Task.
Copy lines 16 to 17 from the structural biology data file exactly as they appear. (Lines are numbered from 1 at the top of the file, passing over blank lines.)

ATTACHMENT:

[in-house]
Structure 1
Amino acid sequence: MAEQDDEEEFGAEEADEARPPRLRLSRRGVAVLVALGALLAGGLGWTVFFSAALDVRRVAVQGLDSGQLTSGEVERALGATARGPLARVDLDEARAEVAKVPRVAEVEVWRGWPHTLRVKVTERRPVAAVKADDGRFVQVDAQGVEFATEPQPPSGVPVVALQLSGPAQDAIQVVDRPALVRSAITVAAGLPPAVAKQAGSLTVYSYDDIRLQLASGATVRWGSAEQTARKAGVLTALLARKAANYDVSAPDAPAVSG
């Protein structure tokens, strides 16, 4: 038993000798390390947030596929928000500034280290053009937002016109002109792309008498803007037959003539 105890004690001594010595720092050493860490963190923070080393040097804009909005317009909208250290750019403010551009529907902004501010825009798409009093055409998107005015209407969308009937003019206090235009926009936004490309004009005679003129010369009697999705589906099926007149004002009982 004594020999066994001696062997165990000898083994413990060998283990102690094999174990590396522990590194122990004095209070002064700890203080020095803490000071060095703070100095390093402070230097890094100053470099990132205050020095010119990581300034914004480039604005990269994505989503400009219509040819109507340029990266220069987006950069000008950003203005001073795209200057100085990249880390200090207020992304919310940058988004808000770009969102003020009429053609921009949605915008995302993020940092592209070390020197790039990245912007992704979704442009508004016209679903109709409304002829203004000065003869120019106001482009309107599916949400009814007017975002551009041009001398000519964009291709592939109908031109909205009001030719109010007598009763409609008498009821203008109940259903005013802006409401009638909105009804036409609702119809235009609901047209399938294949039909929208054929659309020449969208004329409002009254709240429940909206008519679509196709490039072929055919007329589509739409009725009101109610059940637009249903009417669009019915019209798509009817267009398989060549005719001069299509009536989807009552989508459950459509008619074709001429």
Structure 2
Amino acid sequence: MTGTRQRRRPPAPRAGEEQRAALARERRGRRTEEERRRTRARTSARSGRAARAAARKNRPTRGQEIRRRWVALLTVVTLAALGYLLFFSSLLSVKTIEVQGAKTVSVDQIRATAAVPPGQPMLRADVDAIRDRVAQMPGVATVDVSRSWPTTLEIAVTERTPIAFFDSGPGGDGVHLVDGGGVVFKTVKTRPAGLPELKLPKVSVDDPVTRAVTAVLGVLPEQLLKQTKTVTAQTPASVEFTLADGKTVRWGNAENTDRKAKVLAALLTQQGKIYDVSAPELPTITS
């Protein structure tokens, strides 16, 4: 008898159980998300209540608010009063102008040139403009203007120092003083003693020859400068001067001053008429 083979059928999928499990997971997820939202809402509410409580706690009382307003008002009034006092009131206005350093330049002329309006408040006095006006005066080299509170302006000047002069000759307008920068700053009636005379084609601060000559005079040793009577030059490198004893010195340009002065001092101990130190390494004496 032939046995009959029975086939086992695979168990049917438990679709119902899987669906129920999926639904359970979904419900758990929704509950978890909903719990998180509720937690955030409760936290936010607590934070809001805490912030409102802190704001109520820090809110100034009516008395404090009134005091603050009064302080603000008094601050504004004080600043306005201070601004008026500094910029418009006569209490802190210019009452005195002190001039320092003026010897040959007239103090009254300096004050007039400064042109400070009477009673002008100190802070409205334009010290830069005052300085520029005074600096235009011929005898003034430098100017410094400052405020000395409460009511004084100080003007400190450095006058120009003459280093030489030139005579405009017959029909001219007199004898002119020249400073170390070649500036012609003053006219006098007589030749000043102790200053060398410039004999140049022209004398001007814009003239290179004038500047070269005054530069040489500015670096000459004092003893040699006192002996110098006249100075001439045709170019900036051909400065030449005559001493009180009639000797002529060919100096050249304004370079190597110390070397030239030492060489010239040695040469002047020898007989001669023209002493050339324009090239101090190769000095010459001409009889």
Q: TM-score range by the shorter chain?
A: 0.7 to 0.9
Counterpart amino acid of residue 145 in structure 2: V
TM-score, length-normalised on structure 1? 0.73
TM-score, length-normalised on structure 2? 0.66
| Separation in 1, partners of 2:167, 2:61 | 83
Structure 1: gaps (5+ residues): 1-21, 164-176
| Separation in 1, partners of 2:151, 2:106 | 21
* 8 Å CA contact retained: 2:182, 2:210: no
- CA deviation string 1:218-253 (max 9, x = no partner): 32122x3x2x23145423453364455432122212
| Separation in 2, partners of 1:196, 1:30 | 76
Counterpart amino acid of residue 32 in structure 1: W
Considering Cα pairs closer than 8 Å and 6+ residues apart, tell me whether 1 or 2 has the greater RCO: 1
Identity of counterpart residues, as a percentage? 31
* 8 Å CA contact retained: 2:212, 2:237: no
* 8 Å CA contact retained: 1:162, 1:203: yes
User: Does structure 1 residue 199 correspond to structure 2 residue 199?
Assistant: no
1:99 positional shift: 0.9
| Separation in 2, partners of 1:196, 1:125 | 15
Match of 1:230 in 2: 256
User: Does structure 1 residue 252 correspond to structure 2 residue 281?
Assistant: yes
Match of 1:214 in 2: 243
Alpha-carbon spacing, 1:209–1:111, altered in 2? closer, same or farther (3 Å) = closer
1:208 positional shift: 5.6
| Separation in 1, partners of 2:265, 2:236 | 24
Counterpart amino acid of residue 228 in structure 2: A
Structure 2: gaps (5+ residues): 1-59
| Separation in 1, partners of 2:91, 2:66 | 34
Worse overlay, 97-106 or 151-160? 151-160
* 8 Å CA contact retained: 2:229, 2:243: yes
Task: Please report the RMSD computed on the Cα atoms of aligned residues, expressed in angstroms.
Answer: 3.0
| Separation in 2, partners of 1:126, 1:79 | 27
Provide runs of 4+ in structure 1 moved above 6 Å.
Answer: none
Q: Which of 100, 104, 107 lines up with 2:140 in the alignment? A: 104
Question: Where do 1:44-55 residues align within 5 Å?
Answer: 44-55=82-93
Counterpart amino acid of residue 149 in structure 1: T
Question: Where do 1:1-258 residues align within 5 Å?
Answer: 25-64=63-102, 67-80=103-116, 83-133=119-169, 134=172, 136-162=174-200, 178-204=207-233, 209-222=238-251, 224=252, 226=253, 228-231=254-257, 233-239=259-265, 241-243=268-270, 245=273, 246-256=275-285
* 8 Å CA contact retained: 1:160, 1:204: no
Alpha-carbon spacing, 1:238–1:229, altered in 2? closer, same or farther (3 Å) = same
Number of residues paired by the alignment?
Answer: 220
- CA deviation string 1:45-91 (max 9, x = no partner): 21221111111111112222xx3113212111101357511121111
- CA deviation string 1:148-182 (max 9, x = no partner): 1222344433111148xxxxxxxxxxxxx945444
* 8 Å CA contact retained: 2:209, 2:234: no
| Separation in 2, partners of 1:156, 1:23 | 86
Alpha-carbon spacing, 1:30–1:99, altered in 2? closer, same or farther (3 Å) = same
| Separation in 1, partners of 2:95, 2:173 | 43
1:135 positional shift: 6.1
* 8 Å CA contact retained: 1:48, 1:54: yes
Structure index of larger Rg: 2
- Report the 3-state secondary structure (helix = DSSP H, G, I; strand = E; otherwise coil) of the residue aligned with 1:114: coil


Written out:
* 8 Å CA contact retained: 2:182, 2:210: no
- CA deviation string 1:218-253 (max 9, x = no partner): 32122x3x2x23145423453364455432122212